The play is effective in the many ways in which it dissects the fault-lines and fatuousness of academia’s disconnect from the real world. Bloodless theory and group-think, stringent taboos and shared hypocrisies define (at least for Simon) the world of the cognitive elite. Simon’s critiques zing. But Dolan wisely complicates these moments. Augustus, the chief target of Simon’s attack, ultimately (and cynically) justifies parlaying of his heritage into a career as a professional African-American because “it pays damn well.” Augustus has learned how to work academic politics to his own end and finds Simon’s open contempt for those rules of the game obnoxious and self-destructive—and an implicit attack on his own success.
Augustus, whose academic pedigree Simon sneers at, at first seems like a familiar academic type, most comfortable when running with the intellectual herd, ultimately proves himself a much deeper student of history and its consequences than Simon is able to see.
No single play or playwright can be expected provide a complete social analysis of complex issues like race and class. Dolan’s play succeeds in that it challenges us to ask the kinds of questions it forced me to ask.
The acting here is breathtaking, with characters so fully realized it doesn’t feel at all like “acting,” so emotionally specific, varied, and riddled with contradictions, so credible in their flaws they evoke sympathy for their sheer humanity even when behaving badly. Academic speech which, in lesser hands, could have dulled us with smug self-assurance is mined for emotional shifts and unexpected colors that reveal the complex humans behind the talk.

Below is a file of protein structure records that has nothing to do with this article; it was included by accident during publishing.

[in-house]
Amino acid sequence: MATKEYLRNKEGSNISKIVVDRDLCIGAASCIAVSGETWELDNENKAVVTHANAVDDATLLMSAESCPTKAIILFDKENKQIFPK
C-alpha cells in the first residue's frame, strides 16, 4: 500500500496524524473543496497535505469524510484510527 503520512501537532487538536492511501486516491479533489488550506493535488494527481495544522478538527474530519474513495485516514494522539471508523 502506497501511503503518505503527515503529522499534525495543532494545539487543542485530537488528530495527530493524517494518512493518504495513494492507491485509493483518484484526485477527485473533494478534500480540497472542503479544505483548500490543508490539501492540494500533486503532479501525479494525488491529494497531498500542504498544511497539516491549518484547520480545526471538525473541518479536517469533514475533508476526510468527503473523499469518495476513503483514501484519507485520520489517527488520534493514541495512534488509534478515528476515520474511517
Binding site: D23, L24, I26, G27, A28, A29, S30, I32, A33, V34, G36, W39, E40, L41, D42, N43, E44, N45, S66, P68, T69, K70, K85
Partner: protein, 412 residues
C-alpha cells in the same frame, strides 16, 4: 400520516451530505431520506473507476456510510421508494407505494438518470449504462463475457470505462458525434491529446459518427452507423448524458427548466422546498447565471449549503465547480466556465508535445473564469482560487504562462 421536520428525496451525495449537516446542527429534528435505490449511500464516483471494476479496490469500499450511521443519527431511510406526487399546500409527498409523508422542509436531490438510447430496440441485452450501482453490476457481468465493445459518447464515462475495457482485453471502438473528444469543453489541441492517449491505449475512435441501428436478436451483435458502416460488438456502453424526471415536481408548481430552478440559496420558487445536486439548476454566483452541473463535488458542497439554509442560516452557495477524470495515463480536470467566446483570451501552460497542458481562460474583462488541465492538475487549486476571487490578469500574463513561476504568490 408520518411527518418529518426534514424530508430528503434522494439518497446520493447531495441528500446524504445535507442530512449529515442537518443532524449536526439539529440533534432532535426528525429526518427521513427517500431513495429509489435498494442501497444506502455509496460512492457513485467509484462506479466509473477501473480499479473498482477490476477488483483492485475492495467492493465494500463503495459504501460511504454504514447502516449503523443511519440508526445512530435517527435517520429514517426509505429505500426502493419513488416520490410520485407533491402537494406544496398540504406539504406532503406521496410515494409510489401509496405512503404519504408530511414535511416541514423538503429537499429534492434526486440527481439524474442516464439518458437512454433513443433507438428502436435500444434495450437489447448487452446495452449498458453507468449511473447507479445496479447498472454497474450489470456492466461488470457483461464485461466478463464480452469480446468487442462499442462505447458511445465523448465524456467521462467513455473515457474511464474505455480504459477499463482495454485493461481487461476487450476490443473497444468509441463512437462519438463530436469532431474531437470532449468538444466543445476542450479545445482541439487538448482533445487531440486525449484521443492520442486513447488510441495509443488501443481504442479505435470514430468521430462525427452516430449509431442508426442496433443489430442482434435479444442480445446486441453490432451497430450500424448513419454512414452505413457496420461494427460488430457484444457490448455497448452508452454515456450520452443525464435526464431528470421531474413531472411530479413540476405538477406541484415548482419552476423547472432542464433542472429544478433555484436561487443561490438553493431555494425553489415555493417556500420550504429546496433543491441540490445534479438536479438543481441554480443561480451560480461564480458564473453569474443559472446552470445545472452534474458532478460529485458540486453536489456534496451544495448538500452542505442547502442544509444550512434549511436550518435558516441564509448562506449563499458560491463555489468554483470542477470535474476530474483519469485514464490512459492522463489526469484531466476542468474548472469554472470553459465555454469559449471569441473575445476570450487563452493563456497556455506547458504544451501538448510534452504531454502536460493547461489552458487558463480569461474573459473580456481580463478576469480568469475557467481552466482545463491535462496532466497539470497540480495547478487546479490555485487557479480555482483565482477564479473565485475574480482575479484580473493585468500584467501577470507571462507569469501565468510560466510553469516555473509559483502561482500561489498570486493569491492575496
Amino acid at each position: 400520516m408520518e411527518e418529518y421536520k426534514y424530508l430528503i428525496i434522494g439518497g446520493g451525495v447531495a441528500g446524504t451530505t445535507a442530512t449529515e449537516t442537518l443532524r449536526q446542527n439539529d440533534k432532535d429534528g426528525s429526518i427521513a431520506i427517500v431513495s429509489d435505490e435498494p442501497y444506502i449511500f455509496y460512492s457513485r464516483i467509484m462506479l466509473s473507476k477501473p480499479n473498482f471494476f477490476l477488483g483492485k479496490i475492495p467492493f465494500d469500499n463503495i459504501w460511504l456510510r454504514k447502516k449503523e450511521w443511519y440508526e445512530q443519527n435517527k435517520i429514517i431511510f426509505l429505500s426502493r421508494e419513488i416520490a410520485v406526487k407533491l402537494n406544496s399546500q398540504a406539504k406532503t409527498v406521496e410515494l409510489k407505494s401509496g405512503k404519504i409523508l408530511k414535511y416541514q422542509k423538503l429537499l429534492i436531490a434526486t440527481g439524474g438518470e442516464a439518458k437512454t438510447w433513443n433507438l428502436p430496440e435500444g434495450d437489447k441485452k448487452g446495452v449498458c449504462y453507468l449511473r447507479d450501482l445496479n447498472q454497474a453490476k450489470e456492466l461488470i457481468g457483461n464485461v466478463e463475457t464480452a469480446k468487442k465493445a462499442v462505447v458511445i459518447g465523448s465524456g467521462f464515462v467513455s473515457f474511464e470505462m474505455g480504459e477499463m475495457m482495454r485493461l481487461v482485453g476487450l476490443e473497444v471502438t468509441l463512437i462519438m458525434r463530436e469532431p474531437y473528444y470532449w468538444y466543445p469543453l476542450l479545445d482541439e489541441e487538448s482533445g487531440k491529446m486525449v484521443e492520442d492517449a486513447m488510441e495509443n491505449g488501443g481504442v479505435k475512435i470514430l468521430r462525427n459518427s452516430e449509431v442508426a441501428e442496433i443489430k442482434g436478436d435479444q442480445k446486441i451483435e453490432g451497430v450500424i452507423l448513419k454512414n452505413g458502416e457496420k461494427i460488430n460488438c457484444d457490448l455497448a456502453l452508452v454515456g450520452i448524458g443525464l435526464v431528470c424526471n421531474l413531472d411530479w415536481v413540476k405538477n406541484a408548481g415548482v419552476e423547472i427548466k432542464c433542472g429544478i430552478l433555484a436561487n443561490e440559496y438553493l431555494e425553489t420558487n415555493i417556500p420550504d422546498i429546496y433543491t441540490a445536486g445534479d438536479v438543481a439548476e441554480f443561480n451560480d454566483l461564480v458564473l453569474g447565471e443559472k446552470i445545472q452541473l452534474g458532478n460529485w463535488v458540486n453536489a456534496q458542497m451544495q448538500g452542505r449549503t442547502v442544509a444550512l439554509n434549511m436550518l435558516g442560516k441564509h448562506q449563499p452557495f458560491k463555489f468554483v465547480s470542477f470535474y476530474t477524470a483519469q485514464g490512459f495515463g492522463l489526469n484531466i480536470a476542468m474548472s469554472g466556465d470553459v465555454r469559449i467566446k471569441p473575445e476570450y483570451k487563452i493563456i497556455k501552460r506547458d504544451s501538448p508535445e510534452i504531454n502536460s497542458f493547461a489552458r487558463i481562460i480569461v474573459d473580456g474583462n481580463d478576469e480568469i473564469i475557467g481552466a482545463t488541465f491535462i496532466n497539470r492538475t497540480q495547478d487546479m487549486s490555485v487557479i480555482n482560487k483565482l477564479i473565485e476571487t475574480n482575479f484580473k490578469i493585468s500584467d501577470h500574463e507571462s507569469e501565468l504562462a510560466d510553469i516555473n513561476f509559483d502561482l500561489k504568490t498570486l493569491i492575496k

The physical production is exemplary. Tom Buderwitz’s set, with its floating banks of windows, captures just the right balance between naturalism and abstraction; J. Kent Inasy’s lighting is restrained yet incredibly effective; John Ballinger’s sound design is evocative, the audio mix suggesting King’s assassination that ends Act One brings chills; and Naila Aladdin Sanders’ costumes are spot on. The acting, across the board, from beginning to end, is magnificent, a triumph of both these actors and director Menzies. This viewer could not imagine how the play would end and, frankly, didn’t want it to.